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People who smoke 'rollies' because they think it's cheaper are about to be taxed the same amount as packet cigarettes

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Roll your own (RYO) cigarettes has been targeted in Scott Morrison’s 2017 budget to equalise taxation on tobacco.

The government will adjust the taxation of “rollies” and other products such as cigars, so that manufactured cigarettes and RYO tobacco cigarettes are comparable.

It is expected to deliver an additional $360 million in revenue over four years to 2020, starting on September 1. This includes an additional GST component of $35 million, which will be paid to the States and Territories.

It will be achieved by calculating the per kilogram excise and excise-equivalent customs duty rates on the assumption that the average tobacco content of a cigarette is 0.7 grams, rather than the current assumption of 0.8 grams.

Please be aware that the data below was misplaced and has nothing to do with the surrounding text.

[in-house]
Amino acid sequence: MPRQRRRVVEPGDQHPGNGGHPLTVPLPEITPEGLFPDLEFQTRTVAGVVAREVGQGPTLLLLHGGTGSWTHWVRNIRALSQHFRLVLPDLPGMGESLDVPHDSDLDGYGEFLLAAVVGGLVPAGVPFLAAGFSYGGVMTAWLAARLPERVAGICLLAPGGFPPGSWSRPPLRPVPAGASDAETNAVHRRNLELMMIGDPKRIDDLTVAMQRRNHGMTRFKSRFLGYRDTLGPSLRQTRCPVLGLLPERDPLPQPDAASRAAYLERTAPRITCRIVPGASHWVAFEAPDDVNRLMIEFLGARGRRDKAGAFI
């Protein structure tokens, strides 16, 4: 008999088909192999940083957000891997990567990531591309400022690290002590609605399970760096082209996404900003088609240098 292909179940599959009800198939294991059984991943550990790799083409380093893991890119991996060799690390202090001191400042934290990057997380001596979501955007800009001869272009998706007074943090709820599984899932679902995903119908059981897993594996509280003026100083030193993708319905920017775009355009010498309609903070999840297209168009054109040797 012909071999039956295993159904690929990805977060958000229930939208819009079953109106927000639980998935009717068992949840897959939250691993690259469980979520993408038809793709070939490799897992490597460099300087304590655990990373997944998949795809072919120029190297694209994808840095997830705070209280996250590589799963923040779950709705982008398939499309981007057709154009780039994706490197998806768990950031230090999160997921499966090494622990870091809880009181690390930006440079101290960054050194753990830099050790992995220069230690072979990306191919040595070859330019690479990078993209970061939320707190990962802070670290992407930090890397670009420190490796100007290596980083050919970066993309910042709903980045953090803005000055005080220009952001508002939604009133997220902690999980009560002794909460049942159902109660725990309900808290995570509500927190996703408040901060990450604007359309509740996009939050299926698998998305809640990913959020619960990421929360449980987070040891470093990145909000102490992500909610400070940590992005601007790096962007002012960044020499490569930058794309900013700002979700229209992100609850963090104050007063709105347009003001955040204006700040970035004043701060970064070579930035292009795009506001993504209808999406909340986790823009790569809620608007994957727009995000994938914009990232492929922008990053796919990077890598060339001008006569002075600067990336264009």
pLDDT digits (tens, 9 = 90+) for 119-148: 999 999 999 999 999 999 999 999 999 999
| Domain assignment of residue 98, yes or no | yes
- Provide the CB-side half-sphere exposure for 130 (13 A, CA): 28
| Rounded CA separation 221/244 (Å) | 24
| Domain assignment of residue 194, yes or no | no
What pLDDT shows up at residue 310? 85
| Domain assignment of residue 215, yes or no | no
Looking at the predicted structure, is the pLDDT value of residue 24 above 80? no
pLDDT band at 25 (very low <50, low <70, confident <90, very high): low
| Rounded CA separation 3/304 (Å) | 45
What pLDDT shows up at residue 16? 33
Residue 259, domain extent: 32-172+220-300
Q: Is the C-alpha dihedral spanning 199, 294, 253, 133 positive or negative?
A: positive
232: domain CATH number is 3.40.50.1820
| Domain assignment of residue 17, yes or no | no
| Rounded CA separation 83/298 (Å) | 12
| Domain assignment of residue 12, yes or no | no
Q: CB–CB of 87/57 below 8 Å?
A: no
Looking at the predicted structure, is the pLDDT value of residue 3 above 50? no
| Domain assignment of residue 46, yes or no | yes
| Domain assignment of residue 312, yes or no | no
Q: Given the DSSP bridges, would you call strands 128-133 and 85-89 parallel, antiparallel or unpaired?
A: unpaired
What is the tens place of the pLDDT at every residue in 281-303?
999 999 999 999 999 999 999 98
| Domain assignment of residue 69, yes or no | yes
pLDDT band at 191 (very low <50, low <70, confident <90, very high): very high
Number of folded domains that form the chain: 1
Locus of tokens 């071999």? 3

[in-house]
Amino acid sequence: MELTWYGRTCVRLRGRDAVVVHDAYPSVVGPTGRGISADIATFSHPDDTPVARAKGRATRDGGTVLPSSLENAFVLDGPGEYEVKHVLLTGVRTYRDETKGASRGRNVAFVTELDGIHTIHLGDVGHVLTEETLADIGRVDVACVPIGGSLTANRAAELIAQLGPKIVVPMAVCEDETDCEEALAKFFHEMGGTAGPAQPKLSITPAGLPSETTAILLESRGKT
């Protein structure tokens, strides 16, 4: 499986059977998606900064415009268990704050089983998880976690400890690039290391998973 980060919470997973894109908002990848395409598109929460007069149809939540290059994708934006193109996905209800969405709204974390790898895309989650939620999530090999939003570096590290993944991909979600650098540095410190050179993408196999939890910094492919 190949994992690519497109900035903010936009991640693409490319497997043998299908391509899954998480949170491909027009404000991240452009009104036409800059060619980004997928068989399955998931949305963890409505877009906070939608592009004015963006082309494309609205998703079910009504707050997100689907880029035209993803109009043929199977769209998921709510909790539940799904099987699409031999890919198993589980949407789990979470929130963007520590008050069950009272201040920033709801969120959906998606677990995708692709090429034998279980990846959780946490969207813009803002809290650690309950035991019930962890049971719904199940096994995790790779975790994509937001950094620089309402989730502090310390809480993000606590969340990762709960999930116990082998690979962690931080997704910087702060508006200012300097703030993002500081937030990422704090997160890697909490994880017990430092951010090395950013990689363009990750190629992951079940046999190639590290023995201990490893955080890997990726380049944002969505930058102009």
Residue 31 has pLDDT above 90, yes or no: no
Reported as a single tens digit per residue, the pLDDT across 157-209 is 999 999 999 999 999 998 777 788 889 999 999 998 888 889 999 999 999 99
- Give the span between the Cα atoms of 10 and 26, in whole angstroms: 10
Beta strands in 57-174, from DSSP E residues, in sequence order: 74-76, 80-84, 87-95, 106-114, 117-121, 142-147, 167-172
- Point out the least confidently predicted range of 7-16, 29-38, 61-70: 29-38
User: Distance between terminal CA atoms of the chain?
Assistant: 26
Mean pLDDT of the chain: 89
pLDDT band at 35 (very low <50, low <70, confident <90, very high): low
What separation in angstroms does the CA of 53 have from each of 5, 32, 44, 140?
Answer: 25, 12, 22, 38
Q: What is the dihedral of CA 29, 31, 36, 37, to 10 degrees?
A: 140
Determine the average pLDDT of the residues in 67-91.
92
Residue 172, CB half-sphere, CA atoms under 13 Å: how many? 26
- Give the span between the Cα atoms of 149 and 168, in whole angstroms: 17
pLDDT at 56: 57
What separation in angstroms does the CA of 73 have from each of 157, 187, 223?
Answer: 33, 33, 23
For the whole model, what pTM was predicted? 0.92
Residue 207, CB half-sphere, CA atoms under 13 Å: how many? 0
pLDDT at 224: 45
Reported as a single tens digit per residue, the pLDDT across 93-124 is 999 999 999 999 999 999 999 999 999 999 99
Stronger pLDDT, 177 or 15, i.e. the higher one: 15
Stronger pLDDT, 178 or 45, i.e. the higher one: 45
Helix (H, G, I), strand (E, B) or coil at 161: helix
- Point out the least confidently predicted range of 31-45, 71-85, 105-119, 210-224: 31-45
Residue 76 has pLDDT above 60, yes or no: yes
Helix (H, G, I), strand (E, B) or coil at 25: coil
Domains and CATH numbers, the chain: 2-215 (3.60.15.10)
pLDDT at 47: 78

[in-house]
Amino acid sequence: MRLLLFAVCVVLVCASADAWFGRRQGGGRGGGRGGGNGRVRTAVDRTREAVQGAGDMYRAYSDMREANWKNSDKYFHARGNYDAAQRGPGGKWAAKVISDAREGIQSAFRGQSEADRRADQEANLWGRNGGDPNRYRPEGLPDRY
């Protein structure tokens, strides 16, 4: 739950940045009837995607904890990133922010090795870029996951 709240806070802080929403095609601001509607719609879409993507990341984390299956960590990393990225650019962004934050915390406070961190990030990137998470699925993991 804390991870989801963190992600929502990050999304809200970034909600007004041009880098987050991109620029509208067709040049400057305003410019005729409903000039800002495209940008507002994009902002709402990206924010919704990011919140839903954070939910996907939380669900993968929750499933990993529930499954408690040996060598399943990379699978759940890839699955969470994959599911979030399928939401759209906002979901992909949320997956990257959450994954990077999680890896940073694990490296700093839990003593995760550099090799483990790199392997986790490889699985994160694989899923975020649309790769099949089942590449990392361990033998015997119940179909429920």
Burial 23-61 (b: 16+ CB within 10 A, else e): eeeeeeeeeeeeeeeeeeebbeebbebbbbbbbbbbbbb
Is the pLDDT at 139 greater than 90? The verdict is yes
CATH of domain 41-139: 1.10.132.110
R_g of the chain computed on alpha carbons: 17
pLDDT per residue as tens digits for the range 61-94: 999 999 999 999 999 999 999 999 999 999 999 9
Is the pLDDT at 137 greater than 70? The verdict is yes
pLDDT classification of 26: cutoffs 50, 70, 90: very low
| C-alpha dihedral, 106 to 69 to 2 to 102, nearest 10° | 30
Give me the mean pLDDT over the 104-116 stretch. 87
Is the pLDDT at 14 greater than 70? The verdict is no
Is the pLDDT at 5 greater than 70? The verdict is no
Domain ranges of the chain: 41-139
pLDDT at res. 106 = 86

According to the budget, “since the average cigarette contains less than 0.8 grams of tobacco, the current tax treatment of RYO tobacco is relatively more favourable. The adjustment to the rates of duty will better align the tax on tobacco regardless of its form.”

It coincides with the timing of the previously legislated 12.5% tobacco tax increases, which occur on September 1 annually.

More budget coverage:

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